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    Consider the future of diagnosis and assessment, and new challenges you might face. How could funding be sourced to help inmates on parole?

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    https://brainmass.com/psychology/abnormal-psychology/on-diagnosis-assessment-funding-588812

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    Future of Diagnosis & Assessment

    In the practice of psychology, whatever the specialisation (i.e. clinical psychology, forensic psychology, experimental psychology, etc.), one of the key actions taken to study a subject for treatment or for research applications is diagnosis and assessment. Mental states and mental disorders and illnesses can only be identified through a thorough set of diagnosis using established diagnostic protocols and standards (i.e. the use of DSM-V) and established methods of evaluation and assessment (ones that take into account issues in relation to processes, observation and ethical considerations). The future of diagnosis and assessment involves evolving with innovations in science, research and the needs of society for the purpose of keeping function and relevance in terms of resolving mental health issues as well as social issues that can be resolved with the use of the latest innovation in the field of psychology. Trend experts also see future collaborations between key sciences including neurosciences, sociology, psychiatry and criminology to apply research in their field and the field of psychology to resolve issues that bridge the sciences or involve their collaboration for the purpose of finding solutions important to a risk society.

    Challenges

    According to Open Learn (2014), a key issue in relation to the use of diagnosis and assessment systems has to do with diagnostic qualifications. How we define or label a disorder, a condition - they are based on standards and qualifications set by governing bodies in the field of Psychology and Psychiatry. With the character of diagnosis being arbitrary, then a diagnosis at present, can in the future be made invalid or moot either due to new information or to new research which changes the labelling. This makes it a problem of validity and reliability. Another challenge is since labels are arbitrary; the line between normal and abnormal is blurred. For example, worry can be labelled into anxiety; anxiety can be labelled a simple worry dependent on the practitioner, dependent on what is being disclosed, dependent on the social situation. Since this can be reliant on what is disclosed, distinctions can be difficult to make an impact diagnosis and assessment, and ultimately lead to problematic therapy or intervention.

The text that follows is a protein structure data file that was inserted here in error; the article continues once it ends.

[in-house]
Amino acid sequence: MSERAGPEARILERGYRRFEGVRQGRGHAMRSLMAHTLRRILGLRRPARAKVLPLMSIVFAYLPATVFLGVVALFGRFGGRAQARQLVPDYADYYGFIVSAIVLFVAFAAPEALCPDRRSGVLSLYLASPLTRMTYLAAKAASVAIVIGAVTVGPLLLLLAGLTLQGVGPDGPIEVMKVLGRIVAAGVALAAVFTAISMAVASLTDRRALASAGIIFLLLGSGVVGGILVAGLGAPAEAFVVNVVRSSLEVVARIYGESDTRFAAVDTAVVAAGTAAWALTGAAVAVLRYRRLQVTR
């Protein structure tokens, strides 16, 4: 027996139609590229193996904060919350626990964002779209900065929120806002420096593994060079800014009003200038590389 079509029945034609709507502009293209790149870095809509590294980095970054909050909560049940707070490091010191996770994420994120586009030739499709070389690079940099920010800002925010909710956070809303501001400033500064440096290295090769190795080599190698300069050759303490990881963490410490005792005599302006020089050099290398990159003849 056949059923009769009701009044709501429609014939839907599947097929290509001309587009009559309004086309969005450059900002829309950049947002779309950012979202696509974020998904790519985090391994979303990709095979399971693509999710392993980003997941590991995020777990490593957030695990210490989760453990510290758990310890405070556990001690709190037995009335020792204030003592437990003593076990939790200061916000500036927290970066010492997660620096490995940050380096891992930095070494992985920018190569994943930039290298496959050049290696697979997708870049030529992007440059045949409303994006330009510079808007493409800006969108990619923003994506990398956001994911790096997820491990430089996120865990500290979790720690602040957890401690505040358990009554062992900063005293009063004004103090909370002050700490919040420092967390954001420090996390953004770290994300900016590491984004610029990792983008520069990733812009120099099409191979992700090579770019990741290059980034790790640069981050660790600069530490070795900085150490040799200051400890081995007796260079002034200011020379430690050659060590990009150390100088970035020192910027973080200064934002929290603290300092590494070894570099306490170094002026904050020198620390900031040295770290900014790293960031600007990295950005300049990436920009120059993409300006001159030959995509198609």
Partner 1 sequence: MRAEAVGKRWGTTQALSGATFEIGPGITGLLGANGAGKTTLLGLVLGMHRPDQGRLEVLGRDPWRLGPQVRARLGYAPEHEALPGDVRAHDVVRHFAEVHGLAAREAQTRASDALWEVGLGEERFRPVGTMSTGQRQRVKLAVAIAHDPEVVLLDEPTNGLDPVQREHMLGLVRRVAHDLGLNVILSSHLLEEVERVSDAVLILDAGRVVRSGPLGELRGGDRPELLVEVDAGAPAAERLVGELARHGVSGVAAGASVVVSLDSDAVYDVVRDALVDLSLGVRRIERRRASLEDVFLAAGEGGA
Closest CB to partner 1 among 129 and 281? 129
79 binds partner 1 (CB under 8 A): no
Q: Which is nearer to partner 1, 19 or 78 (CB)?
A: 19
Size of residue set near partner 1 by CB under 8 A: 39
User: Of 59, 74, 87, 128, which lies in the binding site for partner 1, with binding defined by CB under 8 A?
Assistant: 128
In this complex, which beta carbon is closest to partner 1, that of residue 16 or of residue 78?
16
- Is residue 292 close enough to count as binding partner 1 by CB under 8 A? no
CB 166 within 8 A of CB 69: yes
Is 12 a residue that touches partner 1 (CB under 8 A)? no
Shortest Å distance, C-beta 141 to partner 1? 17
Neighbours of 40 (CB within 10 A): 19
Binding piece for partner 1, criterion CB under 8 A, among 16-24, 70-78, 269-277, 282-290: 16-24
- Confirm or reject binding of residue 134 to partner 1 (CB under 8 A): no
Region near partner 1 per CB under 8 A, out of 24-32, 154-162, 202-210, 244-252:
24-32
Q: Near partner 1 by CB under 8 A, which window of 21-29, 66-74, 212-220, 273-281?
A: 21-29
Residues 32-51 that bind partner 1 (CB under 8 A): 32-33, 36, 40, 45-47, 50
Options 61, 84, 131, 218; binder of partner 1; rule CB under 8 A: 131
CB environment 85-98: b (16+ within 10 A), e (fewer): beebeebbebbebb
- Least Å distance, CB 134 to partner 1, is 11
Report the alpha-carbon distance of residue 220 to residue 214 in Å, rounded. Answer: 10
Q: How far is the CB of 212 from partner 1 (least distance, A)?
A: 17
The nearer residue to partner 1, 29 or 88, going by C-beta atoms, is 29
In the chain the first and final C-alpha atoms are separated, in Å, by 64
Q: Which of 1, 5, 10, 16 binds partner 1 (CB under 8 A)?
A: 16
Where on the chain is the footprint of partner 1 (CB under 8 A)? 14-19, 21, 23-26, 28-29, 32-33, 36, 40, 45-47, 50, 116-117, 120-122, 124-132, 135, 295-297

Funding for Inmates

    In the practice of forensic psychology as well as prison-based clinical practice, one of the many problems encountered by programs that can uplift the situation of those incarcerated is the lack of funding and support for clinical therapy and counseling as well as other activities that can be deemed to rehabilitate and make a difference. In transition services for example, there are inmates who need to take part in community-based programs to prepare them for social reintegration. But program funds are limited largely because of the negative label attached to the incarcerated and their criminal past have often impacted the manner by which other citizens see them, making supporting them something that is a hard sell. But if argued right, local, state and Federal institutions (i.e. Labor PRI Grants) can see the importance of transitory systems and interventive systems to rehabilitate and prepare those incarcerated for a 'new life' . Where possible, private individuals and institutions could be funding sources as part of their corporate responsibility activities.

    Word Count: 531
    Resources:

    1. Academy for Educational Development (2001). Helping Inmates return to the Community. CDC. URL: http://www.cdc.gov/idu/facts/cj-transition.pdf

    2. Open Learn (2014). The role of diagnosis in counselling and psychotherapy. The Open University. URL: http://www.open.edu/openlearn/society/politics-policy-people/sociology/the-role-diagnosis-counselling-and-psychotherapy/content-section-5.2

    3. Young, M. (2011). Alternative Strategies for Funding Employment-Related Re-entry Programs. Northwestern Law. URL: http://www.law.northwestern.edu/legalclinic/prison/documents/AlternativeFundingStrategies.pdf

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    © BrainMass Inc. brainmass.com October 5, 2022, 1:23 am ad1c9bdddf>
    https://brainmass.com/psychology/abnormal-psychology/on-diagnosis-assessment-funding-588812

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